Back out of a situation or commitment, especially in a sneaky way. For example, I'd love to weasel out of serving on the board. This expression alludes to the stealthy hunting and nesting habits of the weasel, a small, slender-bodied predator. [Colloquial; mid-1900s]
See also: out, weasel

weasel word

A word used to deprive a statement of its force or evade a direct commitment, as in Calling it "organized spontaneity" is using a weasel word; "organized" has sucked the meaning out of "spontaneity." This idiom may allude to the weasel's habit of sucking the contents out of a bird's egg, so that only the shell remains. [Late 1800s]
See also: weasel, word
The American Heritage® Dictionary of Idioms by Christine Ammer. Copyright © 2003, 1997 by The Christine Ammer 1992 Trust. Published by Houghton Mifflin Harcourt Publishing Company. All rights reserved.

weasel out

v. Slang
1. To back out of some situation or commitment in a selfish or sly manner: The party was boring—you were smart to weasel out early. My cousins weaseled out of contributing to the gift.
2. weasel out of To elicit something from someone by artful or devious means: At first, they wouldn't admit that they were to blame, but I weaseled the truth out of them.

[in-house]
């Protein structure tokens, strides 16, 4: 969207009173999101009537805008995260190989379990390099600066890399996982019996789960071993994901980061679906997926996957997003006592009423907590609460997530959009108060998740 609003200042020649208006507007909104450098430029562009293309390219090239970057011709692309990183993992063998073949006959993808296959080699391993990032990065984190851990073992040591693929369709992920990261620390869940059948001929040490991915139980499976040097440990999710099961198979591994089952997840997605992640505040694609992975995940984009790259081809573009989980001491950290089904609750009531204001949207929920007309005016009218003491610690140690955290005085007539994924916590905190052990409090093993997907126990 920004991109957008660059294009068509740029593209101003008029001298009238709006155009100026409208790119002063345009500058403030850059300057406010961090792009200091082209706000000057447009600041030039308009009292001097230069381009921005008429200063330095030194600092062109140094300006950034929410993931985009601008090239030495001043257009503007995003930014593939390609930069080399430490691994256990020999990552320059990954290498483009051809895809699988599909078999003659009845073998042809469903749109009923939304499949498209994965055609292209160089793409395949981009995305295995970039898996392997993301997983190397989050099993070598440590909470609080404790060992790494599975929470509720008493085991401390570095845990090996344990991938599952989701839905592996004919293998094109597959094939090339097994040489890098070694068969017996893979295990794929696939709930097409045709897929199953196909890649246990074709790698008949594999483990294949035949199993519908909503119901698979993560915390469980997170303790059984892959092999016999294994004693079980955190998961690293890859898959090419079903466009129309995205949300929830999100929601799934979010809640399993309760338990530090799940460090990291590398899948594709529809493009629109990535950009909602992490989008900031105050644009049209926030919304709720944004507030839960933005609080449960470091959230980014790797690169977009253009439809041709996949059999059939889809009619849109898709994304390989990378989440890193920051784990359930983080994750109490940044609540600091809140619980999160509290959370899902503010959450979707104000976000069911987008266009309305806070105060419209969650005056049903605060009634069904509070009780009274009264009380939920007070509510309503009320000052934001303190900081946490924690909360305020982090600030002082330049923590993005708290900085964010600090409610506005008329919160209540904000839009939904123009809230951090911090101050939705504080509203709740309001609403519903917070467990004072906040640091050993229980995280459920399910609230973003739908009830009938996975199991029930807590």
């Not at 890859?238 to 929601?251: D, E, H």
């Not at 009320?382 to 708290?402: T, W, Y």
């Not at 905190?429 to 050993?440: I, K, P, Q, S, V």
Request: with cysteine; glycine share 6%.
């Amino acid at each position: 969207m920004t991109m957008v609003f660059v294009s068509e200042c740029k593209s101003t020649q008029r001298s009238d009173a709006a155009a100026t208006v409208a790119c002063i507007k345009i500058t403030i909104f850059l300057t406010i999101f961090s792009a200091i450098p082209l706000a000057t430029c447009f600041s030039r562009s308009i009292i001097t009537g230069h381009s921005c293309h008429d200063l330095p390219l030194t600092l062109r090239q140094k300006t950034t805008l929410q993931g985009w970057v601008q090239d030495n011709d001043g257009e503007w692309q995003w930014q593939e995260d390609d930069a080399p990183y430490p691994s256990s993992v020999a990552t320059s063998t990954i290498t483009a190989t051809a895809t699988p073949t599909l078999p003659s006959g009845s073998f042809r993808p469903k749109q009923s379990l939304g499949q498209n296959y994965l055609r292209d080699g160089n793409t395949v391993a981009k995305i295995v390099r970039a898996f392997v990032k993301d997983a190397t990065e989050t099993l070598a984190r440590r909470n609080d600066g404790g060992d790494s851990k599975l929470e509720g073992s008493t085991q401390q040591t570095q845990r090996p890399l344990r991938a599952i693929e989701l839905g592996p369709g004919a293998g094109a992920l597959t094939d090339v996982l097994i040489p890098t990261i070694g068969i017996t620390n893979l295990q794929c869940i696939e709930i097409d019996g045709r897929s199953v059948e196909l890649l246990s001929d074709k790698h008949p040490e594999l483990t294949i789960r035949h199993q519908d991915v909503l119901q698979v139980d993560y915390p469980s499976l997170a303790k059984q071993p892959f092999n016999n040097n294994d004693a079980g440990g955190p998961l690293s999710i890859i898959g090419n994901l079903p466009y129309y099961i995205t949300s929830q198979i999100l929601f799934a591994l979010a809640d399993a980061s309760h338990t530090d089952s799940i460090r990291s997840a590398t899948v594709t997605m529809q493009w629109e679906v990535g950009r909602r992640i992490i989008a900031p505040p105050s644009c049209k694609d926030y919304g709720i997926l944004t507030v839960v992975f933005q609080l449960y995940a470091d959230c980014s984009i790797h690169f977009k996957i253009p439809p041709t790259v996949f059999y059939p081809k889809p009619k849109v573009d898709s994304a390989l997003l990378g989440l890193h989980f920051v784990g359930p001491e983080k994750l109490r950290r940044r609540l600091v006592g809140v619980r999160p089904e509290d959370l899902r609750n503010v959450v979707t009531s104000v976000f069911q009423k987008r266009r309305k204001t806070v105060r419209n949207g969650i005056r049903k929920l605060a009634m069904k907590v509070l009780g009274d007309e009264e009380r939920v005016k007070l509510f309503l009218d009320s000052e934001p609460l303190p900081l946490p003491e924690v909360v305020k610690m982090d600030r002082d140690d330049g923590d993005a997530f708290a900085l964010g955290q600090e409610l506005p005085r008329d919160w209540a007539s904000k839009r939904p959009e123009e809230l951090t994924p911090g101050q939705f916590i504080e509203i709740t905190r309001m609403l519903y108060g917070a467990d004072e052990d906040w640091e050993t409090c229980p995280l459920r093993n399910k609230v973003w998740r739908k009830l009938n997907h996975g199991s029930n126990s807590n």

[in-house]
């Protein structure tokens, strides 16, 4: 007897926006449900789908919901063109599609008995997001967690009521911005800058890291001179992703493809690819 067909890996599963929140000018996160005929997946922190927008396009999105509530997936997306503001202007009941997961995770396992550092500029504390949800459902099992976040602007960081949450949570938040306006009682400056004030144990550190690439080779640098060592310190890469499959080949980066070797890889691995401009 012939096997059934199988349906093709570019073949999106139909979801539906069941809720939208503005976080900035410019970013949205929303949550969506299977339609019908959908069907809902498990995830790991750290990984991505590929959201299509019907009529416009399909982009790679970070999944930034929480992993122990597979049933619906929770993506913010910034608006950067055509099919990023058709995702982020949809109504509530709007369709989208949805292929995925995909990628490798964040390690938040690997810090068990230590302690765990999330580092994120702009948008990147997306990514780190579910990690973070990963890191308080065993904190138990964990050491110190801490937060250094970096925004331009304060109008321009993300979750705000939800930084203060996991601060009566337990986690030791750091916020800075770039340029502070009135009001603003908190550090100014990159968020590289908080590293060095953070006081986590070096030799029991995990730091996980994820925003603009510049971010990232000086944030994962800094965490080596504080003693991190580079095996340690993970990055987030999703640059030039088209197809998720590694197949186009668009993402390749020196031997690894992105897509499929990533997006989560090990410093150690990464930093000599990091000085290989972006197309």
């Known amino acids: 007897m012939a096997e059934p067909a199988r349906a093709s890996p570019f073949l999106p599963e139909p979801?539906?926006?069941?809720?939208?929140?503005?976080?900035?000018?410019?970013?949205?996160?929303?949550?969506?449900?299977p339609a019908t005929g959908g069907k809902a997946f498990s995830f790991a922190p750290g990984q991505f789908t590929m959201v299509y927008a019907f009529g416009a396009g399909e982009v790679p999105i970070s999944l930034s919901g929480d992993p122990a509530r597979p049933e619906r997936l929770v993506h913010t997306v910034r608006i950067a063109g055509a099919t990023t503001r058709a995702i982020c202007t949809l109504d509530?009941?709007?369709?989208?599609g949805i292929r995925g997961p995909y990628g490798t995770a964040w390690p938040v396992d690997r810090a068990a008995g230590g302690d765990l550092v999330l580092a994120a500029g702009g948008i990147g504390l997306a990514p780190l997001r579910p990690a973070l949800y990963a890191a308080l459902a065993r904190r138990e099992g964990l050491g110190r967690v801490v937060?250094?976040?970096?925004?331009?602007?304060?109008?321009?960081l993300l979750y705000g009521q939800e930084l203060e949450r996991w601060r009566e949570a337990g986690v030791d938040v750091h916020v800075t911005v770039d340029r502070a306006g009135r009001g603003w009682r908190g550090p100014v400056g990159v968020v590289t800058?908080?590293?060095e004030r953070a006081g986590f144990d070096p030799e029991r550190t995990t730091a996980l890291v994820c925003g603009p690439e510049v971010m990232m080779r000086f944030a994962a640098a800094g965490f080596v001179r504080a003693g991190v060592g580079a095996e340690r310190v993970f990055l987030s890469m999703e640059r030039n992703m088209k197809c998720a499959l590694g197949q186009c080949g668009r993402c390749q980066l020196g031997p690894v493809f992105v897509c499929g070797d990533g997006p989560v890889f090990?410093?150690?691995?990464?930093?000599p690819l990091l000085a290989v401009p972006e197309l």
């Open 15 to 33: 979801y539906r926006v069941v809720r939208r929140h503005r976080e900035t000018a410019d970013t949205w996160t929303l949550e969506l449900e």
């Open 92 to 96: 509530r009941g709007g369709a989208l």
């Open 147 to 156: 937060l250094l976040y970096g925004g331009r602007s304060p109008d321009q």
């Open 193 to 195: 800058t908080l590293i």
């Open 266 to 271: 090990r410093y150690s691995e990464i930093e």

See also: out, weasel
The American Heritage® Dictionary of Phrasal Verbs. Copyright © 2005 by Houghton Mifflin Harcourt Publishing Company. Published by Houghton Mifflin Harcourt Publishing Company. All rights reserved.


1. n. a sneaky person. If Fred weren’t such a weasel, we could get along better.
2. n. an earnest student. (Collegiate.) Martin is your classic weasel.

weasel out of something

in. to get out of doing something; to wiggle out of a responsibility. I know how to weasel out of something like that. You get a headache.
See also: of, out, something, weasel
McGraw-Hill's Dictionary of American Slang and Colloquial Expressions Copyright © 2006 by The McGraw-Hill Companies, Inc. All rights reserved.

weasel word